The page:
Sunday, June 22, 2008

Federal court rules U.S. unsafe for refugees

In a stunning decision released last week, our federal court struck down our agreement with the United States, which renders refugee claimants seeking entry to Canada by land ineligible to make a claim here.
In December 2004, Canada and the U.S. implemented an agreement in which each declared the other a “safe country” for refugee claimants.
Canadian refugee advocates became concerned for the fate of asylum seekers destined here who, they believed, would be unfairly denied needed protection down south.
The “Safe Third Country Agreement” addressed this concern by requiring our federal cabinet to conduct a “continuing review” of the policies and practices of the “safe country,” i.e. the U.S.
Our cabinet never conducted the reviews, but Canadian refugee advocacy groups did. They brought their findings to court and alleged the U.S. was not, in fact, safe for those seeking safe haven.
Our federal court agreed.
The court found the experts presented by the applicants were more credible, “both in terms of their expertise and the sufficiency, directness and logic of their reports” than the experts marshalled by our government.
The court couldn’t understand why our government didn’t bother to conduct the required review of American refugee practices even after the release of the Maher Arar report, which put into serious question U.S. assurances that it does not deport people to places where they may be tortured.
The court didn’t set out to decide which system was better or more generous. Instead, it sought to determine if the U.S. was meeting the minimum standards required of it.
The court was troubled by many deficiencies. For example, the U.S. generally bars asylum claims after one year of the claimants’ arrival. The court ruled this could disproportionately affect gays who may have to deal with cultural issues of shame, and women who may be unaware that spousal abuse may give rise to protection. Also, the U.S. Patriot Act renders refugees ineligible for protection if they are deemed to have given “material support” to a terrorist organization even where it is done under duress. In contrast, Canada makes allowances for duress, i.e. when it gave protection to a woman who was forced to cook for the Liberation Tigers of Tamil Eelam.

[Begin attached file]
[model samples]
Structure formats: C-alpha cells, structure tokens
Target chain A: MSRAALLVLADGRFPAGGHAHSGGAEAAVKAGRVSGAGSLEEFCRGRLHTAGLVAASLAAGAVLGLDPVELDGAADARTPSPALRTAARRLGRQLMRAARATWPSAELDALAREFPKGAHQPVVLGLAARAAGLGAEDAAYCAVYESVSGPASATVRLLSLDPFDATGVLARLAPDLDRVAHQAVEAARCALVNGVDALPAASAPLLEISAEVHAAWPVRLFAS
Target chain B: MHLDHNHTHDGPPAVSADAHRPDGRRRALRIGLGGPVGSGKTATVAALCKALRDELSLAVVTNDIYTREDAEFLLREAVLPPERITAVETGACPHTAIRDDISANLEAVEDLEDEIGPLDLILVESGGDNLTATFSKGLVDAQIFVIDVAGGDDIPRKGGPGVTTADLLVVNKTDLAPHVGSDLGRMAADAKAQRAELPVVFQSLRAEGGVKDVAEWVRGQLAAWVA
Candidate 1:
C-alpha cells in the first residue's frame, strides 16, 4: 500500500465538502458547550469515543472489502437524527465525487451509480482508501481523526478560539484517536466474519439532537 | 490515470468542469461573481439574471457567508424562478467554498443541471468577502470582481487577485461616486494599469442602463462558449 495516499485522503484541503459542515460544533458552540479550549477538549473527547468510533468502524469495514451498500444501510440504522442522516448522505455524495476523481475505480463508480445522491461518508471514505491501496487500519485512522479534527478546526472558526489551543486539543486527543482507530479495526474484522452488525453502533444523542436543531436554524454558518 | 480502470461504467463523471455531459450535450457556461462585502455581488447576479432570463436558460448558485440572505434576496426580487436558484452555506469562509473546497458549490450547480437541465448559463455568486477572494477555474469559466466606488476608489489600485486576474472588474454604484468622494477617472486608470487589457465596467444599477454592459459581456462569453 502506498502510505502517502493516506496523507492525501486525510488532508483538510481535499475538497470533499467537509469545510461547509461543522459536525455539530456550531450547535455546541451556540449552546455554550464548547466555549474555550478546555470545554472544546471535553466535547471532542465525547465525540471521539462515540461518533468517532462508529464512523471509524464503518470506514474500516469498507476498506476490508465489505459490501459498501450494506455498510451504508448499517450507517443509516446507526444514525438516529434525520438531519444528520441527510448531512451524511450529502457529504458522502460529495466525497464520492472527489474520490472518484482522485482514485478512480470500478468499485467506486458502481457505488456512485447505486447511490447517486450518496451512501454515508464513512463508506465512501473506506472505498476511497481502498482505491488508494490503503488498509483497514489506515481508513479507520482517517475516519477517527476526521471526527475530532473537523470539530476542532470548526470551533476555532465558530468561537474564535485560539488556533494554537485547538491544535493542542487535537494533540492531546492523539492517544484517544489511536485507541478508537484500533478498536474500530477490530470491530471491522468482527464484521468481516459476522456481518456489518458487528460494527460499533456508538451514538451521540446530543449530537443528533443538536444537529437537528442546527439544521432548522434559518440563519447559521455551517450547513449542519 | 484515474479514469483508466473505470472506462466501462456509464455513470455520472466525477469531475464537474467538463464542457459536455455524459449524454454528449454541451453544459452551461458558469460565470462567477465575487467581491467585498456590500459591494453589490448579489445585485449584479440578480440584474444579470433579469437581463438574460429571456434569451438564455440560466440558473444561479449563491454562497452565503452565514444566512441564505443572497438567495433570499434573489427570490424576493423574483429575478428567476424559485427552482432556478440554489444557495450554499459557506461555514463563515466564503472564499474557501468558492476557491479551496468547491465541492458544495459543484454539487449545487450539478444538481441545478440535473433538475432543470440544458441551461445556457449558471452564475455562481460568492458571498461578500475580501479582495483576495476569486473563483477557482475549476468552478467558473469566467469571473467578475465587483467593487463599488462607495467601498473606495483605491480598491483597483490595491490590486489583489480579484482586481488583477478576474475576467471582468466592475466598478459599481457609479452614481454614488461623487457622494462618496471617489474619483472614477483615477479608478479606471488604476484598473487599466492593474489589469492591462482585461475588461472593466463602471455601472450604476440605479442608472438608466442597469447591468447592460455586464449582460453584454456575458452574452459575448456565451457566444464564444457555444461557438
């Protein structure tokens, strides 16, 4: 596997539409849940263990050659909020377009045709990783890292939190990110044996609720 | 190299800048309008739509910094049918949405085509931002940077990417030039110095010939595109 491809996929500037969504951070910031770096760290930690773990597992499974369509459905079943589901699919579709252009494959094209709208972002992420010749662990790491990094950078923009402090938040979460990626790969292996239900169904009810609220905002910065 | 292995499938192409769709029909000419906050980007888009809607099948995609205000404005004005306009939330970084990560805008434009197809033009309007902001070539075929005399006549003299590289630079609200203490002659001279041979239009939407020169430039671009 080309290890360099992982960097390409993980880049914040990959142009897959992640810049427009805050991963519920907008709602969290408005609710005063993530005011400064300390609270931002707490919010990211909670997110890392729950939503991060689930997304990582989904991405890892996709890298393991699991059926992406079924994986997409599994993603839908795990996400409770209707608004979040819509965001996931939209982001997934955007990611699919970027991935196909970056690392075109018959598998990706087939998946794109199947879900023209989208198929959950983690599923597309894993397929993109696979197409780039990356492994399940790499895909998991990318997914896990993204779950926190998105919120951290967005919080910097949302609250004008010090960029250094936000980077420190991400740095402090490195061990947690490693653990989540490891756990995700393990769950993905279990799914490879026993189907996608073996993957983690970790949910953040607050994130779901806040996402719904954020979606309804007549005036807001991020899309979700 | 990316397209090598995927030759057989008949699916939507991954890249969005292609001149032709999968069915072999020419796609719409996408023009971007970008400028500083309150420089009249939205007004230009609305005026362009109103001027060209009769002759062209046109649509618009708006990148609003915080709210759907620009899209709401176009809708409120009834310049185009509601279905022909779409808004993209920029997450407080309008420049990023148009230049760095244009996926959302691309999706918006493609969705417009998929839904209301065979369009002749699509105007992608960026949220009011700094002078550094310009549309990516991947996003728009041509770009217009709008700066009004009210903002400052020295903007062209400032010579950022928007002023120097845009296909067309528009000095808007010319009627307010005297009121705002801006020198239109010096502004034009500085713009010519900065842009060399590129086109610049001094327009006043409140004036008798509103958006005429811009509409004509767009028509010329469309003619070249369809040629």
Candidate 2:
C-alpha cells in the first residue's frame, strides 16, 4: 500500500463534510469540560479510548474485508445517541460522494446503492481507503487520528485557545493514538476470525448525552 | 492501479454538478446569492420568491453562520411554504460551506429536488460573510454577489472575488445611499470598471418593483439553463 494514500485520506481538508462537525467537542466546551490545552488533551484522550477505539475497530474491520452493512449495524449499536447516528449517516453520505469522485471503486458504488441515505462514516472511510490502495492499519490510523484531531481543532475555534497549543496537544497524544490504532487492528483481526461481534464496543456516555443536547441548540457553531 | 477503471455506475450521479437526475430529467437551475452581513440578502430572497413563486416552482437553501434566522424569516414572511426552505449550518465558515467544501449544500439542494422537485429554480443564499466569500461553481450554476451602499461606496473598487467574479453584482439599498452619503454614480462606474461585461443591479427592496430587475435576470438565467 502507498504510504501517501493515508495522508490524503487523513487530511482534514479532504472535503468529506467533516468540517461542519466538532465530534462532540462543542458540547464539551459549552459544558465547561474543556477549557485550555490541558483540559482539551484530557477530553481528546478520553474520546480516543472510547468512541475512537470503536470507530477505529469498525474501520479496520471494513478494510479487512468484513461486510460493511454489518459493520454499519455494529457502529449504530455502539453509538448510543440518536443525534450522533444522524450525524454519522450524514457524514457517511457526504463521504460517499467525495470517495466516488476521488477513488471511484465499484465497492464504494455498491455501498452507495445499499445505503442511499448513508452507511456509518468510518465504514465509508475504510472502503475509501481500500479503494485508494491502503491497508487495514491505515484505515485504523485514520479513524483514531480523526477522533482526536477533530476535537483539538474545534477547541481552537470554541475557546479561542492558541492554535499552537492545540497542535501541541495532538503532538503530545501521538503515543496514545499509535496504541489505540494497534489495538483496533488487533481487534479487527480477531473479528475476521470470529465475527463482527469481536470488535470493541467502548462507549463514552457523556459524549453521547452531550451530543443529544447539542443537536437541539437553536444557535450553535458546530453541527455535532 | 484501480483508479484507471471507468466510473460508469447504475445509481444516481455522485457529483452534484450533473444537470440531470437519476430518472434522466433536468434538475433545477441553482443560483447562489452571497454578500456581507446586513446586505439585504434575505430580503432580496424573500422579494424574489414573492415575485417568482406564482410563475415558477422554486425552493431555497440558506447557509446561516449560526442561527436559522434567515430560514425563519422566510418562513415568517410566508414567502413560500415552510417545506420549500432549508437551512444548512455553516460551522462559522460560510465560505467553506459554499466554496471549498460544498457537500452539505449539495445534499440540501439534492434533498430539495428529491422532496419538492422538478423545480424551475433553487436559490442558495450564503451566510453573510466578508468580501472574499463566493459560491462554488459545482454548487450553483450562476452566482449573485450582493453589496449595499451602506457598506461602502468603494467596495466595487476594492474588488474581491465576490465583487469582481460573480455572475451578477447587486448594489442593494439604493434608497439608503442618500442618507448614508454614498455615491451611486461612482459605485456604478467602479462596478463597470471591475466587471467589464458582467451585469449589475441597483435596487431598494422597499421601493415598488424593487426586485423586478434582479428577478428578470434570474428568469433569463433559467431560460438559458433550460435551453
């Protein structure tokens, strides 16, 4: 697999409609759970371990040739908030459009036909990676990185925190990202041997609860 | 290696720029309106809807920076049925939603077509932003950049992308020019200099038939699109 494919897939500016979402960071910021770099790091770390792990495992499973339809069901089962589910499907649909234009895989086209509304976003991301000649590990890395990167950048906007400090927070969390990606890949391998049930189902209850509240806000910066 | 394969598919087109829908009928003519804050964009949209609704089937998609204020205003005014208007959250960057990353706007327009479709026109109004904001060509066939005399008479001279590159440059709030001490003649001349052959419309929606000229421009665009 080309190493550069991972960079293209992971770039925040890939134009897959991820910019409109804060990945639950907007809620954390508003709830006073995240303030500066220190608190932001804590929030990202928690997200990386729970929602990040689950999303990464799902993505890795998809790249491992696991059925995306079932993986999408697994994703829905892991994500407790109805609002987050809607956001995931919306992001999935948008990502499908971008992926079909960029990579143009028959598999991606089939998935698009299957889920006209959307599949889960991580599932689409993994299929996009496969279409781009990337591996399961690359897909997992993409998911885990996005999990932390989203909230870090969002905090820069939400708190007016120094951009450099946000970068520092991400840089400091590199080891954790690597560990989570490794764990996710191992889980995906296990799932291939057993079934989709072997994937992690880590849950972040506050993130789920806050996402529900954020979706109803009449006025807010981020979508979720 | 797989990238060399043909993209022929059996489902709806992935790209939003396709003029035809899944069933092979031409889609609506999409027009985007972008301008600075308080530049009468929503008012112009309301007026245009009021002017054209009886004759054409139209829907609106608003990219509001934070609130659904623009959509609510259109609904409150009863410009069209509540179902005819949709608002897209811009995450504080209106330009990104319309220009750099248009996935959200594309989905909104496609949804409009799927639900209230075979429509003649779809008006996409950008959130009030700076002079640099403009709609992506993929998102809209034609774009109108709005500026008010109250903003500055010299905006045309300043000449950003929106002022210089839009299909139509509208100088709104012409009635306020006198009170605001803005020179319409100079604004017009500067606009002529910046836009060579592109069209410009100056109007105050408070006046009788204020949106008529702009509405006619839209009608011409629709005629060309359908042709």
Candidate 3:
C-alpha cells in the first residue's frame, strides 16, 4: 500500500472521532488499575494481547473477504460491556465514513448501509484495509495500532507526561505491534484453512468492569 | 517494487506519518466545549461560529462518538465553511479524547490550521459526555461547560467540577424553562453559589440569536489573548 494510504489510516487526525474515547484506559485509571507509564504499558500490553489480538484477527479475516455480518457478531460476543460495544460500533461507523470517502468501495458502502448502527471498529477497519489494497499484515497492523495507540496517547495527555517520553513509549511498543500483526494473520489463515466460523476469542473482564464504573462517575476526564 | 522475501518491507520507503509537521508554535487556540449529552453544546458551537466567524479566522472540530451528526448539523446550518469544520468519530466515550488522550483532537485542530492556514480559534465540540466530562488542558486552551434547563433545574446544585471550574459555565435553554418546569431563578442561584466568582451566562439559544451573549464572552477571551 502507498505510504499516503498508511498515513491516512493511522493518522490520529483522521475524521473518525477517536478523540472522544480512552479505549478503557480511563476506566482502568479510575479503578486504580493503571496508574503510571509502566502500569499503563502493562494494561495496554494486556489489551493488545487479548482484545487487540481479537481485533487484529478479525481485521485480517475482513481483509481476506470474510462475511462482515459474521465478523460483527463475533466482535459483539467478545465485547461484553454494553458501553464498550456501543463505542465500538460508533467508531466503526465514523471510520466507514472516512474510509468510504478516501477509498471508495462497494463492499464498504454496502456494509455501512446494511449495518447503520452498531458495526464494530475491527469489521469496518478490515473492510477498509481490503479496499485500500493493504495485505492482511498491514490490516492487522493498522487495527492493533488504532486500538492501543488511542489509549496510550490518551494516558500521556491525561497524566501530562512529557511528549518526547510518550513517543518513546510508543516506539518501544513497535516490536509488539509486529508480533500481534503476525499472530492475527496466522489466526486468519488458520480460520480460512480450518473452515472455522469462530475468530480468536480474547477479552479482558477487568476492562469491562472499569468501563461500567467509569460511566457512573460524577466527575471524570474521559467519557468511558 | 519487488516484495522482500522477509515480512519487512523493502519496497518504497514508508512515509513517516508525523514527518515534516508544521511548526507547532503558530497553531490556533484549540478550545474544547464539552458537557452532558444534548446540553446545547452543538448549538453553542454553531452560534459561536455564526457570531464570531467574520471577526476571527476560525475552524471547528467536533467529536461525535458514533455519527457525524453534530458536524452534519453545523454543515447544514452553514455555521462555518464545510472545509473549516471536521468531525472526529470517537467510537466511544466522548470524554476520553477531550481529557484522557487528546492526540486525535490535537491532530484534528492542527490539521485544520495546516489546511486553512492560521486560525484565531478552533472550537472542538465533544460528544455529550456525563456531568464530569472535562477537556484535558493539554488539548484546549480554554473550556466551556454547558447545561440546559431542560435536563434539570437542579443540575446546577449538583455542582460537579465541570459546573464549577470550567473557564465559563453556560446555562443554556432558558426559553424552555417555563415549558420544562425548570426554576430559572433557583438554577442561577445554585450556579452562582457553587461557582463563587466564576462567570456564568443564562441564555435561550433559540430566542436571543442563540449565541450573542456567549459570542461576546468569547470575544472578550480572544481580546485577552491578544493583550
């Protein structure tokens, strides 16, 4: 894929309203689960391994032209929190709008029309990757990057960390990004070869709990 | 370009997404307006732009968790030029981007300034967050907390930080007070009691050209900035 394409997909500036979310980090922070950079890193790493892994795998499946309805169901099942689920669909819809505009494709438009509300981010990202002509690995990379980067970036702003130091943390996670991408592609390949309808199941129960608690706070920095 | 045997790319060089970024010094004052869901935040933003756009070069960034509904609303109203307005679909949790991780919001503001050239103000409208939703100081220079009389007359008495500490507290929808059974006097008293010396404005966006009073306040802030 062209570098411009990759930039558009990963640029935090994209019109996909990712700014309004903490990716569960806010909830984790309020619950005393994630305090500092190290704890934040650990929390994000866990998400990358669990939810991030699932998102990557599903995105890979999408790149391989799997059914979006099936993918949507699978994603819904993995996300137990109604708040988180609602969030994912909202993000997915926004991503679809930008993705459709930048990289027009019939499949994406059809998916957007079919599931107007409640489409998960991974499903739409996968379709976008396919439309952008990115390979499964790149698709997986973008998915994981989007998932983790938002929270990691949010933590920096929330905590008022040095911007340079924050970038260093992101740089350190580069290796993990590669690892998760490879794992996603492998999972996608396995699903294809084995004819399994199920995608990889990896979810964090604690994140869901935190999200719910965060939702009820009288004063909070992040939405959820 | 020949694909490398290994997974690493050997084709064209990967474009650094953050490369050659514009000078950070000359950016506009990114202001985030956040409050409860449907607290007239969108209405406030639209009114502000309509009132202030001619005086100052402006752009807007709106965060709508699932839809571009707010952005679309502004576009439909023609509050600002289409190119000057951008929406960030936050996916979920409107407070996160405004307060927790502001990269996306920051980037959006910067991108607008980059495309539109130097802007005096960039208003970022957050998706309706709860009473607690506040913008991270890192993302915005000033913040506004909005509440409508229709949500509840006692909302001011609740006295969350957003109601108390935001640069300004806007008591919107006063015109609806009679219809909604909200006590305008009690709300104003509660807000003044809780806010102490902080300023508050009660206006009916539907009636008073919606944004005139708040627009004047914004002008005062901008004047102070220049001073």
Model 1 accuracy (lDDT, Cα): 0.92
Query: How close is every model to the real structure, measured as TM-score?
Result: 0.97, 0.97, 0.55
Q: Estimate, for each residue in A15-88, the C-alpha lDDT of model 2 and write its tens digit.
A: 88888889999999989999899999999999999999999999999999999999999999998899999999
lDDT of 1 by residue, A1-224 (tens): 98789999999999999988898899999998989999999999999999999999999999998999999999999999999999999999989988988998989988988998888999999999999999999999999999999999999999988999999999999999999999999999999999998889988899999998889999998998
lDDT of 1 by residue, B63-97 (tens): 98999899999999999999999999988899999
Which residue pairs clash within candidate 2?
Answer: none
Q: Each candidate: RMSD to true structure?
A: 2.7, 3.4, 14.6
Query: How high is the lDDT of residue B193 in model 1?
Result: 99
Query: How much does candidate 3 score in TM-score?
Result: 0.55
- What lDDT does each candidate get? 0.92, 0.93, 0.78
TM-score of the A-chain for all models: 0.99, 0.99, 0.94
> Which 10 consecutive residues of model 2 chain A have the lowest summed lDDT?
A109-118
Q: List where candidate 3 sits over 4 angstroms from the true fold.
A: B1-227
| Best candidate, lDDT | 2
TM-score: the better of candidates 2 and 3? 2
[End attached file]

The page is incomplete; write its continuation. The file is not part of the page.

The groups had evidence that claimants in the U.S. were more likely to be detained and had less access to counsel than claimants here. The court, however, couldn’t find proof these factors would result in the actual denial of asylum.
The court’s 124-page decision is not likely to be the last word on the matter since it has given the parties the opportunity to propose questions for appeal.

Therefore, the current situation will stand … for now.
guidy mamann

1 အၾကံျပဳျခင္း:

Yangon Thar said...

Yes, America is a safe haven

From Thursday's Globe and Mail

July 2, 2008 at 8:39 PM EDT

When, in a supreme act of judicial chutzpah, the Federal Court of Canada accused the United States last November of being unsafe for refugees, Canada's refugee policy faced a nightmare of complications, including a flood of rejected claimants shopping for another chance at asylum. Thankfully, the Federal Court of Appeal tossed out that ruling Wednesday, and suggested a little restraint would go a long way in future.

The initial ruling, by Mr. Justice Michael Phelan, was breathtakingly ambitious, in effect killing a political agreement with a democratic neighbour – the product of more than a decade of negotiations – after hearing technical arguments on how the U.S. refugee-determination system works. Apart from the U.S. deportation of the Canadian Maher Arar to Syria – a terrible injustice, but no reason to scrap the 2002 Safe Third Country Agreement – the judge cited no examples or statistical evidence of deportations to torture. And in any case Mr. Arar was not a refugee claimant.

On what basis, then, did Judge Phelan declare the U.S. unsafe? As the Federal Court of Appeal pointed out Wednesday, no less a personage than the United Nations High Commissioner for Refugees monitored the negotiations, and at two stages – when the deal was signed in 2002, and again in 2006 – affirmed that the U.S. is a safe country for refugees.

Canada and the U.S. had agreed that refugees who arrive in one of these two countries cannot cross through a land border to the other (with a few exceptions, such as if the refugee has a spouse or close relative in the other nation). That's not a trick to keep people out. It's a way to conserve resources for refugees who really need protecting. While millions of people are stuck in refugee camps, Canada favours those refugees who can actually make their way here. The third country agreement means that 10,000 or more refugees a year who are already protected in a neighbouring land do not place demands on Canada's refugee-determination system or social safety net.

For such large stakes, the court process was clearly inadequate. Consider that the experts Judge Phelan relied on were brought to the court by the Canadian Council for Refugees, the Canadian Council of Churches and Amnesty International, whose views he preferred to those of the Canadian government's experts. That preference was set out in what the Federal Court of Appeal called “two swift paragraphs” that were not up to the task.

But the core problem was summed up under the heading “Unwieldy nature of the inquiry”: “The Court is asked to examine, at large, wide swaths of U.S. refugee policy and practice in order to determine whether it was reasonable for the Governor in Council [the Cabinet] to conclude that it complied with international law,” Mr. Justice John Evans wrote. “The nature and breadth of this inquiry is unlike the more focused inquiries typically undertaken through the judicial process.” Judge Phelan accepted the wrong task. His conclusions have been properly dismissed.